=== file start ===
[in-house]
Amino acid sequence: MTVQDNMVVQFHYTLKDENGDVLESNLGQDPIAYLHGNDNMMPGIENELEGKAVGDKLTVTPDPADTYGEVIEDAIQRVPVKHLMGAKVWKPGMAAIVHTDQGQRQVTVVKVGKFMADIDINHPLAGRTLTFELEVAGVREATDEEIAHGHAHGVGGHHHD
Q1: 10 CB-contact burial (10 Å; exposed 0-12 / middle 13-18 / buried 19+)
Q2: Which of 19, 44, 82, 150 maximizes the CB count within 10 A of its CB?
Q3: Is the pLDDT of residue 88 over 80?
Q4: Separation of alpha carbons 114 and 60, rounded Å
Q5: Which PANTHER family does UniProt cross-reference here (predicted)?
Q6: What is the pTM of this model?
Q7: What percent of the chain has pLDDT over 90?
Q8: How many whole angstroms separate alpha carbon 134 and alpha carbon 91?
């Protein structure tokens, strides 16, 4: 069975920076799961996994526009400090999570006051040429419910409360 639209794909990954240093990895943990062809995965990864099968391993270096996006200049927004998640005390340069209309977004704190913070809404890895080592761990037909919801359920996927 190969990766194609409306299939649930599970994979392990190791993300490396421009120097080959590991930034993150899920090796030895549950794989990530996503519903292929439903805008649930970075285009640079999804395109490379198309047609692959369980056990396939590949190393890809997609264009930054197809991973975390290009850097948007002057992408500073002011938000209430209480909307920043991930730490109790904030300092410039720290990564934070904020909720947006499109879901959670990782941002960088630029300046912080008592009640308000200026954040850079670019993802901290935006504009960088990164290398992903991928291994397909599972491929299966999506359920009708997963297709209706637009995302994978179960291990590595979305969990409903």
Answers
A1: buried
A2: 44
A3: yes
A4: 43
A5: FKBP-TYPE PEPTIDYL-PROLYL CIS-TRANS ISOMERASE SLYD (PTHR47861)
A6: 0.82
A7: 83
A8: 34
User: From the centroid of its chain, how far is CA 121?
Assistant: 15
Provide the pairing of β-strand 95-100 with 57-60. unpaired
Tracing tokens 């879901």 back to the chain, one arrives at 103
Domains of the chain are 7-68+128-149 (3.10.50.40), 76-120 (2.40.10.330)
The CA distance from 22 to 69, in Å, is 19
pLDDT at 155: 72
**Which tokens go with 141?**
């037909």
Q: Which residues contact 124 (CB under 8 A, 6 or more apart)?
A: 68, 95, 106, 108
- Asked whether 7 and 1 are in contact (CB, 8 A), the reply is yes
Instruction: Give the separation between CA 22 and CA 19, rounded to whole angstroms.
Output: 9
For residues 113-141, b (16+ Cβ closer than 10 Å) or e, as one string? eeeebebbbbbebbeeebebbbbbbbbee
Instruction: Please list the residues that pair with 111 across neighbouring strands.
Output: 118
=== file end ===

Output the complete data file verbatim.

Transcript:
[in-house]
Amino acid sequence: MTVQDNMVVQFHYTLKDENGDVLESNLGQDPIAYLHGNDNMMPGIENELEGKAVGDKLTVTPDPADTYGEVIEDAIQRVPVKHLMGAKVWKPGMAAIVHTDQGQRQVTVVKVGKFMADIDINHPLAGRTLTFELEVAGVREATDEEIAHGHAHGVGGHHHD
Q1: 10 CB-contact burial (10 Å; exposed 0-12 / middle 13-18 / buried 19+)
Q2: Which of 19, 44, 82, 150 maximizes the CB count within 10 A of its CB?
Q3: Is the pLDDT of residue 88 over 80?
Q4: Separation of alpha carbons 114 and 60, rounded Å
Q5: Which PANTHER family does UniProt cross-reference here (predicted)?
Q6: What is the pTM of this model?
Q7: What percent of the chain has pLDDT over 90?
Q8: How many whole angstroms separate alpha carbon 134 and alpha carbon 91?
């Protein structure tokens, strides 16, 4: 069975920076799961996994526009400090999570006051040429419910409360 639209794909990954240093990895943990062809995965990864099968391993270096996006200049927004998640005390340069209309977004704190913070809404890895080592761990037909919801359920996927 190969990766194609409306299939649930599970994979392990190791993300490396421009120097080959590991930034993150899920090796030895549950794989990530996503519903292929439903805008649930970075285009640079999804395109490379198309047609692959369980056990396939590949190393890809997609264009930054197809991973975390290009850097948007002057992408500073002011938000209430209480909307920043991930730490109790904030300092410039720290990564934070904020909720947006499109879901959670990782941002960088630029300046912080008592009640308000200026954040850079670019993802901290935006504009960088990164290398992903991928291994397909599972491929299966999506359920009708997963297709209706637009995302994978179960291990590595979305969990409903």
Answers
A1: buried
A2: 44
A3: yes
A4: 43
A5: FKBP-TYPE PEPTIDYL-PROLYL CIS-TRANS ISOMERASE SLYD (PTHR47861)
A6: 0.82
A7: 83
A8: 34
User: From the centroid of its chain, how far is CA 121?
Assistant: 15
Provide the pairing of β-strand 95-100 with 57-60. unpaired
Tracing tokens 């879901």 back to the chain, one arrives at 103
Domains of the chain are 7-68+128-149 (3.10.50.40), 76-120 (2.40.10.330)
The CA distance from 22 to 69, in Å, is 19
pLDDT at 155: 72
**Which tokens go with 141?**
């037909």
Q: Which residues contact 124 (CB under 8 A, 6 or more apart)?
A: 68, 95, 106, 108
- Asked whether 7 and 1 are in contact (CB, 8 A), the reply is yes
Instruction: Give the separation between CA 22 and CA 19, rounded to whole angstroms.
Output: 9
For residues 113-141, b (16+ Cβ closer than 10 Å) or e, as one string? eeeebebbbbbebbeeebebbbbbbbbee
Instruction: Please list the residues that pair with 111 across neighbouring strands.
Output: 118